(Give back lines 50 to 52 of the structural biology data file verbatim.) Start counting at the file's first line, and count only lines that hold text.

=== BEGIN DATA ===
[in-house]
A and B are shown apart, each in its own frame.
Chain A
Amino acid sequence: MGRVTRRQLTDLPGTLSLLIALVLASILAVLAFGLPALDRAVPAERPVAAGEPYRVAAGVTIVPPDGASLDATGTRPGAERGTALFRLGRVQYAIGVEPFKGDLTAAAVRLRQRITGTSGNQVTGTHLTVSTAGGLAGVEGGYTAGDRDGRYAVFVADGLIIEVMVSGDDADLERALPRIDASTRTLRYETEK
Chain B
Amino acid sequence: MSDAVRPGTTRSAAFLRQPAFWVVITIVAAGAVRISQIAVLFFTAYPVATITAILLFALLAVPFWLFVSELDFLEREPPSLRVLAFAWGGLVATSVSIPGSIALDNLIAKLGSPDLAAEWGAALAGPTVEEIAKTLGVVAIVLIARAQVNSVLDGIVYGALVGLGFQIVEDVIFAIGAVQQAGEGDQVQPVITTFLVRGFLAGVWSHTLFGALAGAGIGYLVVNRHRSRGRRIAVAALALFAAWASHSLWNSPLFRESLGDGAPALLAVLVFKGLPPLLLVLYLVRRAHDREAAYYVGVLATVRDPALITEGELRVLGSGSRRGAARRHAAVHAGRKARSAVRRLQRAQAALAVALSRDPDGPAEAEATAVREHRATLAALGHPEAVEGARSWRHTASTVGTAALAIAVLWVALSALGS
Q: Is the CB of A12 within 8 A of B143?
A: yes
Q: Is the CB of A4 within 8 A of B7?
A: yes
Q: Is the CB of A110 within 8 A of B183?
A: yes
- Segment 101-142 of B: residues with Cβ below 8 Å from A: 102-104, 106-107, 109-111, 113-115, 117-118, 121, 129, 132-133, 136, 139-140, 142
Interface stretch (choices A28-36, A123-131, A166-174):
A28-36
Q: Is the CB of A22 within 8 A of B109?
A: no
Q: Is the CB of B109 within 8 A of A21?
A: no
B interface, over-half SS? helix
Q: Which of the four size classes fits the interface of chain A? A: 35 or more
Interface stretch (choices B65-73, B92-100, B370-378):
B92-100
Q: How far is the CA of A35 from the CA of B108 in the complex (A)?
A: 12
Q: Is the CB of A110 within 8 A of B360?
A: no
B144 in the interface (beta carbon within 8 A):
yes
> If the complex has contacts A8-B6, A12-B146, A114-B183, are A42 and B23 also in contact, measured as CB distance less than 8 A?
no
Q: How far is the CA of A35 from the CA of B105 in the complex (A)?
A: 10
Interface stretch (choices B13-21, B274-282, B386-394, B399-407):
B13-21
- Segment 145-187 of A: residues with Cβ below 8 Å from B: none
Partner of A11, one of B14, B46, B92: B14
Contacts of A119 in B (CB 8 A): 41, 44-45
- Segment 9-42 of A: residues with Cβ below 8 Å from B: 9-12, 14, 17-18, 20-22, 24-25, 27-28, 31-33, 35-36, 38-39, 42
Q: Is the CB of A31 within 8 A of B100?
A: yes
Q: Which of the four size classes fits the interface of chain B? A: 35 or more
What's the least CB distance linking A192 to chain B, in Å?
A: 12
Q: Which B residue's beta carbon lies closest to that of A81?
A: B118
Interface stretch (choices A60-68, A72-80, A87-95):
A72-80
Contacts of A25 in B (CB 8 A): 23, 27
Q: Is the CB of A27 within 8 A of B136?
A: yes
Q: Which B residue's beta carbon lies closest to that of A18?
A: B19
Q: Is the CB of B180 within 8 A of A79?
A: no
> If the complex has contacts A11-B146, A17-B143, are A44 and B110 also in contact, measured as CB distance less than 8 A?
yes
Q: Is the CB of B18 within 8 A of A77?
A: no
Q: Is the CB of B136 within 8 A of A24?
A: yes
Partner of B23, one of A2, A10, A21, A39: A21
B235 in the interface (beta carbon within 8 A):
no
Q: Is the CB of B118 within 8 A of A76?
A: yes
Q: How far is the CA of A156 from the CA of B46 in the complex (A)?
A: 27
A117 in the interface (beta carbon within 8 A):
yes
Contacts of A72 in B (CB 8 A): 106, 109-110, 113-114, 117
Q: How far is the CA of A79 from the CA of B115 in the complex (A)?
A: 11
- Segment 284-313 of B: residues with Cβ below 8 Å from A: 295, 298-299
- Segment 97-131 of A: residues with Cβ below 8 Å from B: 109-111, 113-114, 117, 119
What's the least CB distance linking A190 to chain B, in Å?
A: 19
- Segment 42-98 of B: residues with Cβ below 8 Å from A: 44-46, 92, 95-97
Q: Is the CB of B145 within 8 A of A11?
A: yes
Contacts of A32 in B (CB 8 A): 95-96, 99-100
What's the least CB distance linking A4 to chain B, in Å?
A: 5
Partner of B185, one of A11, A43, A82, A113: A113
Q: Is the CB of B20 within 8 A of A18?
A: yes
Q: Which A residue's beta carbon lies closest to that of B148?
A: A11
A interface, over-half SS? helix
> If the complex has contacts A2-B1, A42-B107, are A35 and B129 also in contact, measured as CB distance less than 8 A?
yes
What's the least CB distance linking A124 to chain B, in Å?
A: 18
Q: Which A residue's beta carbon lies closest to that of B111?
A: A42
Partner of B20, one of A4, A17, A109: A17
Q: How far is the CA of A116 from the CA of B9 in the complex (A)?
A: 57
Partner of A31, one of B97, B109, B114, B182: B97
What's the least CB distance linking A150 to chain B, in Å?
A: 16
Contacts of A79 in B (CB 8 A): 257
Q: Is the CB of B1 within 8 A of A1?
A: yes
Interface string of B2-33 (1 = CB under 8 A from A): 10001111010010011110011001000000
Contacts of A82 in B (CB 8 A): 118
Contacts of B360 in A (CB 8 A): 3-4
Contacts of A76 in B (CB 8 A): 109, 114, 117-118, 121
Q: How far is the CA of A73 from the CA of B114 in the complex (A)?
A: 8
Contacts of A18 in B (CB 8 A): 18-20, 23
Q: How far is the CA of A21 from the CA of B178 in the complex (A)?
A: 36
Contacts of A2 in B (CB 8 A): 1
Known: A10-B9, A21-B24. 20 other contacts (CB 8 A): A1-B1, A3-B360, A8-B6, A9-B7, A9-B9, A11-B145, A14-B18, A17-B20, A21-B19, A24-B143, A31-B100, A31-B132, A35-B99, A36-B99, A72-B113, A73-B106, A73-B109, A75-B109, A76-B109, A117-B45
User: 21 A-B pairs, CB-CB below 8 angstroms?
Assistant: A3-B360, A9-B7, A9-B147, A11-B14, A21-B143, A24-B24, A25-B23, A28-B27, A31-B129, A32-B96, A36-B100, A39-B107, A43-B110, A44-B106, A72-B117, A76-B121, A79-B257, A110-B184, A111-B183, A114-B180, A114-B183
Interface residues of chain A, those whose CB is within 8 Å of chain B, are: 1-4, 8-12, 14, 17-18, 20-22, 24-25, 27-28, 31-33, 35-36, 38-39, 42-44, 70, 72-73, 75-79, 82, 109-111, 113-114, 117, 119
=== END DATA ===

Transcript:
Q: Is the CB of A27 within 8 A of B136?
A: yes
Q: Which B residue's beta carbon lies closest to that of A18?